On my way back from Beijing in December, I sat in front of a corporate guy who was returning to the US after pitching a deal to sell tens of thousands of electric car charging stations in China. He was talking to a California software guy, also returning after pitching after pitching a deal. Their exchange was all about the polite fiction that US companies are selling products to China when they are really selling their best technologies—for the lower price and profits of products. It’s short-term real gains over long-term potential profits.
Here is the essence of what I heard:
1-China is demanding technology transfer for the deal for electric car charging stations pretty much for the price of entry and for the price of the product alone. US, European, Korean and Japanese companies have known this and done this for the past 20 years. Most countries pay extra for the technology and most companies refuse to sell their best. China is getting cutting edge technology at almost no cost.
2- China can do this not only because of its enormous market but because it is the ONLY market for many products and services. China is building large numbers of high speed trains. The US is not. China is building hundreds of thousands of urban electric car charging stations. The US is not. China is spending $800 billion to make its electric transmission lines “smart.” The US is spending $8 billion. Corporations go to expanding markets. They have no choice today.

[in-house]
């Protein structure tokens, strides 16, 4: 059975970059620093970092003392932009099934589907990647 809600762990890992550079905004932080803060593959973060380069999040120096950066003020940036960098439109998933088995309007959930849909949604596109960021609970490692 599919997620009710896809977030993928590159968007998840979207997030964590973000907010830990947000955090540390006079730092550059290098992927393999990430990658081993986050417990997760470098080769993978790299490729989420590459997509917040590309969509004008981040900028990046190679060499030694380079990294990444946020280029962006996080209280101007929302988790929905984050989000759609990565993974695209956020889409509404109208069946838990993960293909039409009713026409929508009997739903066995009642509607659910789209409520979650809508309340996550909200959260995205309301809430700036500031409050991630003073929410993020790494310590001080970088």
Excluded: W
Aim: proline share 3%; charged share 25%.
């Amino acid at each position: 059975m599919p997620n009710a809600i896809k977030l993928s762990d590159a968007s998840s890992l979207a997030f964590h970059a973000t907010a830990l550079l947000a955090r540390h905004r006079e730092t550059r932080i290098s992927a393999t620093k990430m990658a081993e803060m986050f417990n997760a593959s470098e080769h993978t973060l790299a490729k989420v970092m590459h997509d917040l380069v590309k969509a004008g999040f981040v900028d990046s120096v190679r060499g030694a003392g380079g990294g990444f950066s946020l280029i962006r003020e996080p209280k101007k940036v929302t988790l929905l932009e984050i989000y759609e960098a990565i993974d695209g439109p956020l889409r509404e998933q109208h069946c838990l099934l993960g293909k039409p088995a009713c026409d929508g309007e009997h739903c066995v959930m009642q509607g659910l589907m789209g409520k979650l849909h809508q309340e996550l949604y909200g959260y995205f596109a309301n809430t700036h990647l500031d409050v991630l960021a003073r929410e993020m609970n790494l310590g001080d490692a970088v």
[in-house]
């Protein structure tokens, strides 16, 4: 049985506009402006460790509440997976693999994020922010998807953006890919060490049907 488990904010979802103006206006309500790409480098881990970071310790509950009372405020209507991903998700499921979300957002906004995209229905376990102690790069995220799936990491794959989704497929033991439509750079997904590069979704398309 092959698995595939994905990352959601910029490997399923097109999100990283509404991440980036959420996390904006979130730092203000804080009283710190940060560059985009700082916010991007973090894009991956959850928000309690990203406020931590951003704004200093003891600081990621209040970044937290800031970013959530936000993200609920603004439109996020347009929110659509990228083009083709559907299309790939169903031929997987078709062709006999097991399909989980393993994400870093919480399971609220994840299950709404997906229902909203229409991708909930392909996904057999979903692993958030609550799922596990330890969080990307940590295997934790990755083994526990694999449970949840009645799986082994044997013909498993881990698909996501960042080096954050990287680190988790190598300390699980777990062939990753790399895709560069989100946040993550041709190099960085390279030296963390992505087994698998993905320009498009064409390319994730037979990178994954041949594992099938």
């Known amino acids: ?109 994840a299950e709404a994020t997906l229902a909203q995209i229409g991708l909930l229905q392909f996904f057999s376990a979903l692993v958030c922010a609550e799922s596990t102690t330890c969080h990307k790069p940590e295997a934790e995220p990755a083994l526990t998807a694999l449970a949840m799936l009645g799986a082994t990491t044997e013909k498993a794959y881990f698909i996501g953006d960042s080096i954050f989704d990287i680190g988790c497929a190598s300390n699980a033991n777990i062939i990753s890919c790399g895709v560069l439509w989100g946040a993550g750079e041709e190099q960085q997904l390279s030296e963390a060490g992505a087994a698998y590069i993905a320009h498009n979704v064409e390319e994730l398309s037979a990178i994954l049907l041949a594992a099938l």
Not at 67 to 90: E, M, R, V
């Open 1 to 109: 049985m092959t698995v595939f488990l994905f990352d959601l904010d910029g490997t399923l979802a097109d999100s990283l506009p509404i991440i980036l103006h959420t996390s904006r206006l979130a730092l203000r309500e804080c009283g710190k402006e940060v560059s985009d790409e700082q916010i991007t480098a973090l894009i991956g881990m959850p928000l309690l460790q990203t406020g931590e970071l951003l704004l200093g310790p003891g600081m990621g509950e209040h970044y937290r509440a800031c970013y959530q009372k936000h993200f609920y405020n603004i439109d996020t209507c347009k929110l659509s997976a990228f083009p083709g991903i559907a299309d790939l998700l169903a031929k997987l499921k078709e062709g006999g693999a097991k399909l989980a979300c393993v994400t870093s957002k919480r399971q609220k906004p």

3- China is running a national, mercantilist economy policy that both state-owned and privately owned companies follow. Technology transfer is focussed on building Chinese global companies that can compete with US, Japanese and European corporations. Investment and trade are not just about raising living standards (if they were, then Beijing would let the yuan rise, increase the buying power of China’s consumers, and boost their living standards). They are about building national and global economic and political strength.
4—US companies know they are building their own competitors in China but feel they have no choice. They need that choice or the future long-term growth prospects for the US will grow dimmer and dimmer. China is playing a serious national innovation game. Good for China. The US is not. Bad for America.